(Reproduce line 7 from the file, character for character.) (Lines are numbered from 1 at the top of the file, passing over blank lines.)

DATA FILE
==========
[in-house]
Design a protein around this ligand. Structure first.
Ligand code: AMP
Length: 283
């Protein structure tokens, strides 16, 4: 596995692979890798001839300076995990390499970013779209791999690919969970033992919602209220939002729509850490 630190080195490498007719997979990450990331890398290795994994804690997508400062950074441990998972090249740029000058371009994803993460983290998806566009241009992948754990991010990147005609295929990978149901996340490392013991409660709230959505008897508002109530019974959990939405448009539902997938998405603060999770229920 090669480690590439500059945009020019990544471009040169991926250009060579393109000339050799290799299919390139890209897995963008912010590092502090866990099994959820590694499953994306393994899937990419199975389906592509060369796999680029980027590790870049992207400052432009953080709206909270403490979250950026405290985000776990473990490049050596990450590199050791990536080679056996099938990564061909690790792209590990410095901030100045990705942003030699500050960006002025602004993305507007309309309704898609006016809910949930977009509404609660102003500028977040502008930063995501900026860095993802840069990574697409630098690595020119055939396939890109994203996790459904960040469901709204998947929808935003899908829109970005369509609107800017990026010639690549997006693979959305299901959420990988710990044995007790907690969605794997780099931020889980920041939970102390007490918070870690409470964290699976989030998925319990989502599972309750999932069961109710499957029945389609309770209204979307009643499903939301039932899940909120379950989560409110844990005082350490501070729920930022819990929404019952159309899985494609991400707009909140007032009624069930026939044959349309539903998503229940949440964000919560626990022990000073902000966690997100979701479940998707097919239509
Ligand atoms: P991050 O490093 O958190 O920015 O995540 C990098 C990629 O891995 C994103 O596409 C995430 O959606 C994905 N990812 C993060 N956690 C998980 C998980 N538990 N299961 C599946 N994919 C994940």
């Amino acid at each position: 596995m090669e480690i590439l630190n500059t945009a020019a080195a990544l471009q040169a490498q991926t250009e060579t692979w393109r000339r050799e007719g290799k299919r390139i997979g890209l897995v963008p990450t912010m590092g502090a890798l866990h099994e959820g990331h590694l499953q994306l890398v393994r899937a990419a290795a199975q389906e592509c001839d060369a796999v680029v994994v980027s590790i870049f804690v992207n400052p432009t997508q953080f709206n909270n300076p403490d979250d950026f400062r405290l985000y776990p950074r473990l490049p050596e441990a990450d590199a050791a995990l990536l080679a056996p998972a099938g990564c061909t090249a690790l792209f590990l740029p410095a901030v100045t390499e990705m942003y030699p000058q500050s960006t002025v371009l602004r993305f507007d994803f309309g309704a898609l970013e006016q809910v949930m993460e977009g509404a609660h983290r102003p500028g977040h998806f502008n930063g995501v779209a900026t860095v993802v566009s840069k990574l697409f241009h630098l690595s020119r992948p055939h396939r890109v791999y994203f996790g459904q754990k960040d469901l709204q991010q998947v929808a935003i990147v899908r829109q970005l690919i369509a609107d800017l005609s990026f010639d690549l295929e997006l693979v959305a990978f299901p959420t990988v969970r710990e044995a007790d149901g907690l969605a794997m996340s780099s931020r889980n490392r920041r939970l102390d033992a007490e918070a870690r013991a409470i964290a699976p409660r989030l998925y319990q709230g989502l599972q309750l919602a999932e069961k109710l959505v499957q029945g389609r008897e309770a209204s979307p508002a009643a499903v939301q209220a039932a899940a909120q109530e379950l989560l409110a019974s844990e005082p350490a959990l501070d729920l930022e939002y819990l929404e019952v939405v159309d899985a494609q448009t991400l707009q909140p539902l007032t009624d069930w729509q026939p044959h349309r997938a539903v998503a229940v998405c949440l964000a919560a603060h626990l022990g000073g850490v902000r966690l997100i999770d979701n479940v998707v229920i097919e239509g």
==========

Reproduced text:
């Amino acid at each position: 596995m090669e480690i590439l630190n500059t945009a020019a080195a990544l471009q040169a490498q991926t250009e060579t692979w393109r000339r050799e007719g290799k299919r390139i997979g890209l897995v963008p990450t912010m590092g502090a890798l866990h099994e959820g990331h590694l499953q994306l890398v393994r899937a990419a290795a199975q389906e592509c001839d060369a796999v680029v994994v980027s590790i870049f804690v992207n400052p432009t997508q953080f709206n909270n300076p403490d979250d950026f400062r405290l985000y776990p950074r473990l490049p050596e441990a990450d590199a050791a995990l990536l080679a056996p998972a099938g990564c061909t090249a690790l792209f590990l740029p410095a901030v100045t390499e990705m942003y030699p000058q500050s960006t002025v371009l602004r993305f507007d994803f309309g309704a898609l970013e006016q809910v949930m993460e977009g509404a609660h983290r102003p500028g977040h998806f502008n930063g995501v779209a900026t860095v993802v566009s840069k990574l697409f241009h630098l690595s020119r992948p055939h396939r890109v791999y994203f996790g459904q754990k960040d469901l709204q991010q998947v929808a935003i990147v899908r829109q970005l690919i369509a609107d800017l005609s990026f010639d690549l295929e997006l693979v959305a990978f299901p959420t990988v969970r710990e044995a007790d149901g907690l969605a794997m996340s780099s931020r889980n490392r920041r939970l102390d033992a007490e918070a870690r013991a409470i964290a699976p409660r989030l998925y319990q709230g989502l599972q309750l919602a999932e069961k109710l959505v499957q029945g389609r008897e309770a209204s979307p508002a009643a499903v939301q209220a039932a899940a909120q109530e379950l989560l409110a019974s844990e005082p350490a959990l501070d729920l930022e939002y819990l929404e019952v939405v159309d899985a494609q448009t991400l707009q909140p539902l007032t009624d069930w729509q026939p044959h349309r997938a539903v998503a229940v998405c949440l964000a919560a603060h626990l022990g000073g850490v902000r966690l997100i999770d979701n479940v998707v229920i097919e239509g």